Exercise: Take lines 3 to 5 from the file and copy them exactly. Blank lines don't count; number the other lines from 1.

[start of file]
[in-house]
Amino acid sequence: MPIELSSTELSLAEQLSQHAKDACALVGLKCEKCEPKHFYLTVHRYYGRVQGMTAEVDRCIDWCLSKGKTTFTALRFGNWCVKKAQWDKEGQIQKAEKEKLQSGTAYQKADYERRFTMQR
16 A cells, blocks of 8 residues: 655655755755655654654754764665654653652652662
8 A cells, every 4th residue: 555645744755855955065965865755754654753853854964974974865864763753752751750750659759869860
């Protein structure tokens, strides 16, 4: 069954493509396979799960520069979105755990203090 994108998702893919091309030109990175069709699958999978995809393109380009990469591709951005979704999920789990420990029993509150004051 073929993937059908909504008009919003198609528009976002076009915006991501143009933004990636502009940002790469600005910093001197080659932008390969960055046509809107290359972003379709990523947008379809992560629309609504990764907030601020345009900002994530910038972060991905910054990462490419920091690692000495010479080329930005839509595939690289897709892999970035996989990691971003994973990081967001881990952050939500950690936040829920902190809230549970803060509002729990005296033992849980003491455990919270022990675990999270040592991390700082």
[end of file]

16 A cells, blocks of 8 residues: 655655755755655654654754764665654653652652662
8 A cells, every 4th residue: 555645744755855955065965865755754654753853854964974974865864763753752751750750659759869860
């Protein structure tokens, strides 16, 4: 069954493509396979799960520069979105755990203090 994108998702893919091309030109990175069709699958999978995809393109380009990469591709951005979704999920789990420990029993509150004051 073929993937059908909504008009919003198609528009976002076009915006991501143009933004990636502009940002790469600005910093001197080659932008390969960055046509809107290359972003379709990523947008379809992560629309609504990764907030601020345009900002994530910038972060991905910054990462490419920091690692000495010479080329930005839509595939690289897709892999970035996989990691971003994973990081967001881990952050939500950690936040829920902190809230549970803060509002729990005296033992849980003491455990919270022990675990999270040592991390700082």